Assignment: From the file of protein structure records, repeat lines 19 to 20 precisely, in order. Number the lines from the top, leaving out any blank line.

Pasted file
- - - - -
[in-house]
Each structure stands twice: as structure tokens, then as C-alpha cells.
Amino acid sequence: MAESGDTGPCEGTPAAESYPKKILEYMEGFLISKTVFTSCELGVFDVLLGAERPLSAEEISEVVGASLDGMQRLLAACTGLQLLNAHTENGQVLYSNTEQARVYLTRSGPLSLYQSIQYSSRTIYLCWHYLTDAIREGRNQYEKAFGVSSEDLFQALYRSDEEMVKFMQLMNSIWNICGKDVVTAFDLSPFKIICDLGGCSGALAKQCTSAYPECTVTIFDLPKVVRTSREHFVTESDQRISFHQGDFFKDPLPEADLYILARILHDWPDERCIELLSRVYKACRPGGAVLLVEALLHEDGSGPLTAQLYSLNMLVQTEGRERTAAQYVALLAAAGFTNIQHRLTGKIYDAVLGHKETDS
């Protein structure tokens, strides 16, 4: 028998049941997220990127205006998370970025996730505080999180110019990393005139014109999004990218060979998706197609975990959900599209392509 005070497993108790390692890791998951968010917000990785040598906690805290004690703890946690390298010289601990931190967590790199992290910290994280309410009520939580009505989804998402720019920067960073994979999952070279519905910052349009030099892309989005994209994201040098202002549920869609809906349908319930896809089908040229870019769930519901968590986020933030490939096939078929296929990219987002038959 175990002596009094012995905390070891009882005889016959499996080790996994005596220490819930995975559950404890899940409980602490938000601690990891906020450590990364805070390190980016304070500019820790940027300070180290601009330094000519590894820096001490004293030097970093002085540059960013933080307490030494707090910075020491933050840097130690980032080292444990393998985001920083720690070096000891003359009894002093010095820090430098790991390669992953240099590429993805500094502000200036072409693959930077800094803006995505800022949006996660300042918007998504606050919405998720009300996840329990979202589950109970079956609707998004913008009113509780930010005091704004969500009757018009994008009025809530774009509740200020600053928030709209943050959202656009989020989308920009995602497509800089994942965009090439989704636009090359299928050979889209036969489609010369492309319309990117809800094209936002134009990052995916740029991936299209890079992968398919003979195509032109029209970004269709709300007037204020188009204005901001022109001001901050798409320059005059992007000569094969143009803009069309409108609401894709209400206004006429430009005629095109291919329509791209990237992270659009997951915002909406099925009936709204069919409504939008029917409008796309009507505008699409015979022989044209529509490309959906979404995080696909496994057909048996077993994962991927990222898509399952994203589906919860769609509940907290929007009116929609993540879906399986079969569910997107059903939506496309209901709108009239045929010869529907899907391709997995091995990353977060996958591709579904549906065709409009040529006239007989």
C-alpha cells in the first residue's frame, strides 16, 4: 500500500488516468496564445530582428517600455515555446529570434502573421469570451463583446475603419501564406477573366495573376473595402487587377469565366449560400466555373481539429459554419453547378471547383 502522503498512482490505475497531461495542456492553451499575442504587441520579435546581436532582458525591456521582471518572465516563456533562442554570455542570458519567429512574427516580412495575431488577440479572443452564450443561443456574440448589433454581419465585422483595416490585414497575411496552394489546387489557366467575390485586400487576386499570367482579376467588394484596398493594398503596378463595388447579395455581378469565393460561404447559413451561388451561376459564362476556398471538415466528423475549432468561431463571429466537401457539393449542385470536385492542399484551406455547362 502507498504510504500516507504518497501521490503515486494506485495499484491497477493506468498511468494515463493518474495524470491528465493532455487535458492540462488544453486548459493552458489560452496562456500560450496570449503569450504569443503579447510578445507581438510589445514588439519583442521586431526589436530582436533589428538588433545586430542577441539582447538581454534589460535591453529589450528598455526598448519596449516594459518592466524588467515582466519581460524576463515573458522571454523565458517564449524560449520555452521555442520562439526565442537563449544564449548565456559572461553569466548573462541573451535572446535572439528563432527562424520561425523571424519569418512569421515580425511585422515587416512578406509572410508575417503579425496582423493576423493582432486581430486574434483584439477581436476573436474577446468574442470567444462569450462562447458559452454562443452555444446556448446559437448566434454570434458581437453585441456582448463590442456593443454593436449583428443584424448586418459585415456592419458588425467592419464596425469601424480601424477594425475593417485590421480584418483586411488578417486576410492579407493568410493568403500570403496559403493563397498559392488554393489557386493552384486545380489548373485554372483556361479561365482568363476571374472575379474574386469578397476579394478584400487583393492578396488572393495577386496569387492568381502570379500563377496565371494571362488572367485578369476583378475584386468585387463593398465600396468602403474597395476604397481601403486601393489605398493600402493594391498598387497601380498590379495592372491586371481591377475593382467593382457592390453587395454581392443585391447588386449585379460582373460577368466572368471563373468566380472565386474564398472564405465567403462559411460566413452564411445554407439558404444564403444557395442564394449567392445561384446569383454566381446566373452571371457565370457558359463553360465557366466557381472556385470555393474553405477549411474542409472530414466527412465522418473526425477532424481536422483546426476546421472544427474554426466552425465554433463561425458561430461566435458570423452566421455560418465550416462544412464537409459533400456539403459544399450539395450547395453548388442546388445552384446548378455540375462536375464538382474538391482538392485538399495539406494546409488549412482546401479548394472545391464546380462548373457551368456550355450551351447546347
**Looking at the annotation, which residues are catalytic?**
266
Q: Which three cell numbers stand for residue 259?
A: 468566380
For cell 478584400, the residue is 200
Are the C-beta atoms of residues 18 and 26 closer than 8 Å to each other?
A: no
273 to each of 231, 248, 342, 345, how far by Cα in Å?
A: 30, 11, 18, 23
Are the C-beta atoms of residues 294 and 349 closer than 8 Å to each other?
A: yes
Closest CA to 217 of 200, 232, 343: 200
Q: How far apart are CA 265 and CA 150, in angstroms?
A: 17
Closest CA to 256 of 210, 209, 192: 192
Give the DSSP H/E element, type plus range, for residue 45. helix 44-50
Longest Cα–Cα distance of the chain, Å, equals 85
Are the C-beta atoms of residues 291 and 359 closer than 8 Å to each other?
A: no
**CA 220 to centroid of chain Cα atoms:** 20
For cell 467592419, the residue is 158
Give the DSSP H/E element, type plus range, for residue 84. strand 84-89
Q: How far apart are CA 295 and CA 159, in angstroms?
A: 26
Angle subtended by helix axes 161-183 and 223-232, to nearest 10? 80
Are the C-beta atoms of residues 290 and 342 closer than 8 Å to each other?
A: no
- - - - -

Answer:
A: 17
Closest CA to 256 of 210, 209, 192: 192